… and why no one wants to sign them, yet alone even read them!
And since all contracts should be written in plain English (or, if between two parties whose native language is Elbonian, in plain Elbonian, for e.g.), at a senior high school reading comprehension level, we are going to write this post in plain English too.
They are too long. No one wants to read 100 pages of your lawyer’s hyperbole rhetoric that is, in common terms, the literary equivalent of a steaming pile of cow dung.
You read that right. No one wants to read 100 pages of your lawyer’s hyperbole rhetoric that is, in common terms, the literary equivalent of a steaming pile of cow dung.
Furthermore, at least 90 pages of this is guaranteed to be completely unnecessary (and you should feel ashamed at the money you wasted paying your high powered corporate lawyer to write it in the first place).
Let’s go back to the purpose of a contract.
To clearly specify
- the obligations between two parties,
- the benefits to both parties from meeting their respective obligations, and
- the recourse available to one party if the party defaults on the obligations of the contract.
In plain English, even English written by the bard himself, how many pages does that take? Even in the most sophisticated of transactions with a list of obligations by both parties, probably not more than a few pages. (Now, if you are contracting for the construction of an office building, you might need hundreds of pages of addendums on architectural, structural, municipal, etc. requirements, but that’s not the heart of the contract. This can be clearly captured in a sentence that states party X agrees to build the structure required by party Y, as clearly detailed in appendices A through T that detail obligations 1 through 20 respectively, do so for a fixed fee of Y M, and delivery by due date, with penalties accruing at the rate of Z00 K per month. Simple, eh?)
After you’ve specified the mutual obligations, there are only three other requirements for a contract:
- Requirements of your Insurance Company
If your insurance requires limitations of liability, certifications, etc. to explicitly be included for it to remain in effect, you include these requirements, and only these requirements, and only to the extent required.
- Requirements of the jurisdiction in which you are operating your business
If you are doing business in the US, and you are buying technology that could possibly fall under ITAR (for example) if certain requirements are not adhered to, then it must be contractually clear that the products will be designed to adhere to those requirements. (Encryption will not exceed a certain level, etc.) Furthermore, if there are regulations against human trafficking in the supply chain, taking measures to insure denied parties do not receive financial payments, etc. that must be adhered to, then these are included as well.
- Requirements of any jurisdictions in which you are subject to as part of the transaction
If the jurisdiction of the other party can imposed requirements on you, or if you plan to sell the products or services bought in a third jurisdiction, you need to include any requirements imposed by those jurisdictions.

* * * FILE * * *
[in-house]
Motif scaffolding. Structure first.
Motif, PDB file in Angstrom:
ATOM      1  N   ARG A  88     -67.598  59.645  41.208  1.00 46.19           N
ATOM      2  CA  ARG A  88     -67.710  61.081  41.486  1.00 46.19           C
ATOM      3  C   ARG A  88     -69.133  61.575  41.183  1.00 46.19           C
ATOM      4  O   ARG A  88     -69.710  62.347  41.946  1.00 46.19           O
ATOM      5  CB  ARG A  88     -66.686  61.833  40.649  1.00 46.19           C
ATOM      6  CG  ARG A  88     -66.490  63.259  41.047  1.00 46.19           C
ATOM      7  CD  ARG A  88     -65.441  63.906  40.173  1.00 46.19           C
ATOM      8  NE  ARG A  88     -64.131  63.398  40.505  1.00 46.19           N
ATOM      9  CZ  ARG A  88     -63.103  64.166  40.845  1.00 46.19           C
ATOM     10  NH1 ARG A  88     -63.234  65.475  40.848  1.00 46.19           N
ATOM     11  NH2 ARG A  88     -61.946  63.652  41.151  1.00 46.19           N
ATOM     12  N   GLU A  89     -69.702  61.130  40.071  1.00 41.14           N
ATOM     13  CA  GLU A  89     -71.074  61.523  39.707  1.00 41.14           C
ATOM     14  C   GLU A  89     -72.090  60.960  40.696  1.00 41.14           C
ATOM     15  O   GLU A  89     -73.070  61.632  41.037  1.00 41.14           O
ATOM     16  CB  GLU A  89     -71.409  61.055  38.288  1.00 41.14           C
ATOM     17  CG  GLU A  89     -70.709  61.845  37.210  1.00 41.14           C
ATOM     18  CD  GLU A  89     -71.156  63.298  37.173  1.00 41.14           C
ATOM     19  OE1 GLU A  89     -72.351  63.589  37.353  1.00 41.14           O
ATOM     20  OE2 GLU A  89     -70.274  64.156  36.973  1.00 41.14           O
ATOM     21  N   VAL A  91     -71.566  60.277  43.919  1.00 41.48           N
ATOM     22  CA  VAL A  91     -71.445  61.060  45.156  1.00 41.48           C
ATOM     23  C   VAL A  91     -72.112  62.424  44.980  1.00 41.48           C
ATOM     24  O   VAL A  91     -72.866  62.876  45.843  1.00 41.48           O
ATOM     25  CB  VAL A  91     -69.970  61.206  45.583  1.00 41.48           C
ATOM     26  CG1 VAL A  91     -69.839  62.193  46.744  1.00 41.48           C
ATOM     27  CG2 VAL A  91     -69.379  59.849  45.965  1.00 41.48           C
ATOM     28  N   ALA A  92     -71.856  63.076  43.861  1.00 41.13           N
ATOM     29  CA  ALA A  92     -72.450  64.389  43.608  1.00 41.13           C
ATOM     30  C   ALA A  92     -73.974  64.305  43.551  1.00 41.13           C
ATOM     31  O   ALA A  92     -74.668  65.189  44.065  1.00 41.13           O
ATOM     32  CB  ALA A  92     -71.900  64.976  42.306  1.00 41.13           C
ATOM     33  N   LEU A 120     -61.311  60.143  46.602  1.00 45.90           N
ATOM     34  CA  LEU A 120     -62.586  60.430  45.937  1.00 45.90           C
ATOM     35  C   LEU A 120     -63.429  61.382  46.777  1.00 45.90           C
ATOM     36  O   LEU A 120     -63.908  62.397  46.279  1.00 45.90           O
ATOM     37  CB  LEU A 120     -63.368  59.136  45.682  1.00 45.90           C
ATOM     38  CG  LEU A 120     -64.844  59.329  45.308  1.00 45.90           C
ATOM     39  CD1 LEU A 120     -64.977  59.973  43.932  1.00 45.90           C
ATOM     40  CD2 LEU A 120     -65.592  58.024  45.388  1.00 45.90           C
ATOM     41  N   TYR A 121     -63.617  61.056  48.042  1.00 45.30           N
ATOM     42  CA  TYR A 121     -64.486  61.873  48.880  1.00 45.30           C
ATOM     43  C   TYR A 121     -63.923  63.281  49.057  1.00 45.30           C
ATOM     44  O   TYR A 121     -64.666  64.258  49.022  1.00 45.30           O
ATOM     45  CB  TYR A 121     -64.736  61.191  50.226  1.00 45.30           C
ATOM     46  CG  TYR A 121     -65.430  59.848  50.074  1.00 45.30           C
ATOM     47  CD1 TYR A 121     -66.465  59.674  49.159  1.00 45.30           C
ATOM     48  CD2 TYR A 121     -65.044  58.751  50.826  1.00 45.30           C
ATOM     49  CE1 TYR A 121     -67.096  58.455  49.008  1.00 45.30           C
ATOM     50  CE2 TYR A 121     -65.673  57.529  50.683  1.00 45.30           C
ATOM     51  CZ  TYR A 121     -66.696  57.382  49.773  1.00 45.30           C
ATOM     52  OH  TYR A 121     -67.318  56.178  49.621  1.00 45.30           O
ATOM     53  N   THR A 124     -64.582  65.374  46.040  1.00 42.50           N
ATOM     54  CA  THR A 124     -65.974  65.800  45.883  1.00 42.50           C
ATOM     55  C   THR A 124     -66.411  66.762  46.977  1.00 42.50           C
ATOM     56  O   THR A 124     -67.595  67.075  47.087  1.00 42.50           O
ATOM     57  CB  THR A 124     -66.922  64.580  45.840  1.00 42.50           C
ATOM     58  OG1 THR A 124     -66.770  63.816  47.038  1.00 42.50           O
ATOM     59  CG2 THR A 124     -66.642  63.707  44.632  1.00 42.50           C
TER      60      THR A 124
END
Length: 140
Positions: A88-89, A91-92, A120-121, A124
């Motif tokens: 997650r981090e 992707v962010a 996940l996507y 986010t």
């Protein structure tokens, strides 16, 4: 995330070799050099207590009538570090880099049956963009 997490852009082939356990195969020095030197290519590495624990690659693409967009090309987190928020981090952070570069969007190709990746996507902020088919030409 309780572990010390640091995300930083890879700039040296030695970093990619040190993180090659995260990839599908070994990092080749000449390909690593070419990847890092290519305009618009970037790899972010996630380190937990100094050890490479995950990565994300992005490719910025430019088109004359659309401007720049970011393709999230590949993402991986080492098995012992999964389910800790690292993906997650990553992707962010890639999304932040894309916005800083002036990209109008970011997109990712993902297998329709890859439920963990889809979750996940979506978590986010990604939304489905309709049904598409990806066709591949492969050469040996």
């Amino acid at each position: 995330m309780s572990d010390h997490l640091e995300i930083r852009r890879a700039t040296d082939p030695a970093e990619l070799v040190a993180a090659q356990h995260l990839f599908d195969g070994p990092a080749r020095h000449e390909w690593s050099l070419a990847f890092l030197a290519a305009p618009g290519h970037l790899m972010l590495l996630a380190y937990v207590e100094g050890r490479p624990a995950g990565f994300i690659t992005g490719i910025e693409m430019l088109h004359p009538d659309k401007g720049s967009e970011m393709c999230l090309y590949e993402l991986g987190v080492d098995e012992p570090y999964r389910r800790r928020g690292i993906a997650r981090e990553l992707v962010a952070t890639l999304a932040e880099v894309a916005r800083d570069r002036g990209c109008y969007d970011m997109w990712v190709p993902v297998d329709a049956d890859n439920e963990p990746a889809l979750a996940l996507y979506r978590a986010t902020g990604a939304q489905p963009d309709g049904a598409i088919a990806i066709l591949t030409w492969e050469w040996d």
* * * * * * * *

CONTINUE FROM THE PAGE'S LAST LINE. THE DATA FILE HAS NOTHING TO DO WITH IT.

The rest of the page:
However, this does not mean you include pages and pages of detailed requirements and regulations, that are well defined in the appropriate laws and statutes and regulations you are bound to, merely that you reference those regulations and require the other party to adhere to them. This usually requires only a few sentences per regulation, max. Not paragraphs and definitely NOT pages.
That’s it. Nothing else. And I cannot emphasize enough that you don’t include something else just because your lawyer decides there is a minute 1 in 1,000,000 risk that something could go wrong and someone with a better funded legal team could possibly find an innovative way to wiggle out of a contract that didn’t cover the obscure case of a worker tripping and skimming his knee because he stepped on a snail on the way to your worksite. Over funded legal teams under the control of people with more money than brains can always come up with harebrained arguments and ridiculous legal challenges — but how often does it really happen? Especially between two parties who were open and honest in negotiations and go into the contract fully intending to fulfill it? And is it really worth spending tens of thousands (or more) of legal time on an average contract which is usually a small fraction of organizational spend? (If an organization has 10,000 contracts and it’s revenue is less than 10 Billion, the average contract value would appear to be one million, but give that there will be a few large contracts with key suppliers that leverage volume, you’ll have a few dozen contracts in the tens or hundreds of millions and an “average” contract in the tens or hundreds of thousands.)
Remember, your lawyer’s job isn’t to tell you what to do. Your lawyer’s job is to listen to what you want to do, advise you of the risks, and then do whatever you tell him to do, which definitely includes writing short, easy to understand, contracts that people will actually sign. At the end of the day, you need to do your business. Contracts should enable that, not get in the way.